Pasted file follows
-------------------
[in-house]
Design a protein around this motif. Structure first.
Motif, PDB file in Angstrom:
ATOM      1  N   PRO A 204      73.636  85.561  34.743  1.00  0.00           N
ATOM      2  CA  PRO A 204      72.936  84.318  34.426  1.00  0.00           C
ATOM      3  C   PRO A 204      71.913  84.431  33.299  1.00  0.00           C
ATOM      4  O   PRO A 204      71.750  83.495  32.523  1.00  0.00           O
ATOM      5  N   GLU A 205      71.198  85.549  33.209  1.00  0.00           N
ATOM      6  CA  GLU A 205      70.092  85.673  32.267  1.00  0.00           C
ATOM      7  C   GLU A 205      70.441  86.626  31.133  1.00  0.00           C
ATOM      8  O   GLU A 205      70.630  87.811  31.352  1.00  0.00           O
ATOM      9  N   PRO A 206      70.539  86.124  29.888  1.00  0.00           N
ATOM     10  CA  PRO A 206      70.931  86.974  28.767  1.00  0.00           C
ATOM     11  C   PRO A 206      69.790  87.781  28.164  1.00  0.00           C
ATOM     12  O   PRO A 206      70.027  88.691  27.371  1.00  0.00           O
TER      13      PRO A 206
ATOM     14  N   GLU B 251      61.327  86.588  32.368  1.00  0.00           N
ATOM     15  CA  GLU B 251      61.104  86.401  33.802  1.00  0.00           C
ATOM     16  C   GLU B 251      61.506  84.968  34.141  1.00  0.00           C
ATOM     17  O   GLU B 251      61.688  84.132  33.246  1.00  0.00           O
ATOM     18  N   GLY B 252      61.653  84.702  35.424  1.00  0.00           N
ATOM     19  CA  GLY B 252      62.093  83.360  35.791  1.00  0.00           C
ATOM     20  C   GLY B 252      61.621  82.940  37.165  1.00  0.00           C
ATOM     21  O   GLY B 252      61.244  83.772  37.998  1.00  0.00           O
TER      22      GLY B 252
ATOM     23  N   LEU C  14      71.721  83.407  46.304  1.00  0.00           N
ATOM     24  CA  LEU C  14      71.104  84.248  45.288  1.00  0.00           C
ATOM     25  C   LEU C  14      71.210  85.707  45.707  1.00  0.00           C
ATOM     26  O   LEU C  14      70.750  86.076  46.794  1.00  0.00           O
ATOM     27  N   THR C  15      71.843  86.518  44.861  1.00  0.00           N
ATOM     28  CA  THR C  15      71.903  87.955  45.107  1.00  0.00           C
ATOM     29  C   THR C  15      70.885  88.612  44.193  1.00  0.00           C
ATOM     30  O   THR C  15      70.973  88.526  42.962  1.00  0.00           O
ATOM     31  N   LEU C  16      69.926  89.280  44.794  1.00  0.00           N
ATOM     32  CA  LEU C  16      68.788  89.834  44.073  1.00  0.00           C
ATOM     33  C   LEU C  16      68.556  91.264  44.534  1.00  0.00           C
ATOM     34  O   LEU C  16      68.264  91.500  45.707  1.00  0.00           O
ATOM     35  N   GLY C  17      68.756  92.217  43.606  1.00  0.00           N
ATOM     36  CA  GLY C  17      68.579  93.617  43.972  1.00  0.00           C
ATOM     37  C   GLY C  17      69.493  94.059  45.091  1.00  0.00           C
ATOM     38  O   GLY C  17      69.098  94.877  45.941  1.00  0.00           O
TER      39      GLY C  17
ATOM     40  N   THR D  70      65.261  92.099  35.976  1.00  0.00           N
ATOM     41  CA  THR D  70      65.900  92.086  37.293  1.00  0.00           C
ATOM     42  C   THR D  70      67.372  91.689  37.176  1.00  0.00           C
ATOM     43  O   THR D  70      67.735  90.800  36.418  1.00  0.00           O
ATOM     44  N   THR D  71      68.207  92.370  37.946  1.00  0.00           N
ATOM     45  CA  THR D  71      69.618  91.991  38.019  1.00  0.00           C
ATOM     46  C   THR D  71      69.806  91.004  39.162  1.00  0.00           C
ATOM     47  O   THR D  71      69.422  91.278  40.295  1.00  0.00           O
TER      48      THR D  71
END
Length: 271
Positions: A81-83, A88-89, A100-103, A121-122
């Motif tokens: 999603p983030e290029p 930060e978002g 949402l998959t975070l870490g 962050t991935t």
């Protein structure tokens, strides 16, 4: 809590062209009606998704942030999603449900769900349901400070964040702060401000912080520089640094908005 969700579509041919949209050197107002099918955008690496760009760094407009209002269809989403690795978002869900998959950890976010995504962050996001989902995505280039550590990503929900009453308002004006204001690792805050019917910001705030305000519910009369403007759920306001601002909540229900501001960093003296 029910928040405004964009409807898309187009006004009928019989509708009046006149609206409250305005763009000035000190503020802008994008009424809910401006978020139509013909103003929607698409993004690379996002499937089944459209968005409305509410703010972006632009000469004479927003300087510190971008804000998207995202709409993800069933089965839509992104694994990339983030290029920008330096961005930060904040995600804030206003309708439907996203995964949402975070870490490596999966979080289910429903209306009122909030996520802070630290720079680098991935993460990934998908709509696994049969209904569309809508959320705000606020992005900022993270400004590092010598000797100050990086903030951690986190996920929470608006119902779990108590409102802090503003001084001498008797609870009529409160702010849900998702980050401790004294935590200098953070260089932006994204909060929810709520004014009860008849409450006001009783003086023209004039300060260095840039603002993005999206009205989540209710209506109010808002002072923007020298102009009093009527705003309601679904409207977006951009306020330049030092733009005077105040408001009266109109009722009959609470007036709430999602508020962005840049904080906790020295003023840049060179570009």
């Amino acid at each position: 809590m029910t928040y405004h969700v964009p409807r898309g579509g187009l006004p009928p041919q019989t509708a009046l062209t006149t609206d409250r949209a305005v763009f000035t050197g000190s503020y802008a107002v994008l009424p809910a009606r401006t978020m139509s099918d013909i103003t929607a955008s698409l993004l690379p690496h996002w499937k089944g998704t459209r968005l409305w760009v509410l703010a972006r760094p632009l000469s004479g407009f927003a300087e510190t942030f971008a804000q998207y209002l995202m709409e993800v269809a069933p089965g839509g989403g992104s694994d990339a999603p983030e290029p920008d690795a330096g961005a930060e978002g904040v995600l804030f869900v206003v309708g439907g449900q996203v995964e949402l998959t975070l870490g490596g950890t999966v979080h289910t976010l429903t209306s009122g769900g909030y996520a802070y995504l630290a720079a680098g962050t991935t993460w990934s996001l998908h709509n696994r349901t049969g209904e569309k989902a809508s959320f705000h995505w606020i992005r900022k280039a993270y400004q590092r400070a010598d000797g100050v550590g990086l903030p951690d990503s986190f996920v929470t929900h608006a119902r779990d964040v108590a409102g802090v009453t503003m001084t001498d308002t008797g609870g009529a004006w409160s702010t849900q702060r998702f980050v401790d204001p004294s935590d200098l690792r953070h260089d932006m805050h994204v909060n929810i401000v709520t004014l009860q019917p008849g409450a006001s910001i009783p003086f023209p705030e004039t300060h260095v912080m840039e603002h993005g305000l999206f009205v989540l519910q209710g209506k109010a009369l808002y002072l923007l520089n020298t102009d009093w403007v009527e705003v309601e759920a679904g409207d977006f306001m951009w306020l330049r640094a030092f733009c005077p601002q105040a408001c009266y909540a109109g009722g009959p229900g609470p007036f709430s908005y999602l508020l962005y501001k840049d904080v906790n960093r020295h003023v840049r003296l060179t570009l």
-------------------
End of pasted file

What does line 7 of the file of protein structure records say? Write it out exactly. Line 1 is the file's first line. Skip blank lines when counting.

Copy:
ATOM      4  O   PRO A 204      71.750  83.495  32.523  1.00  0.00           O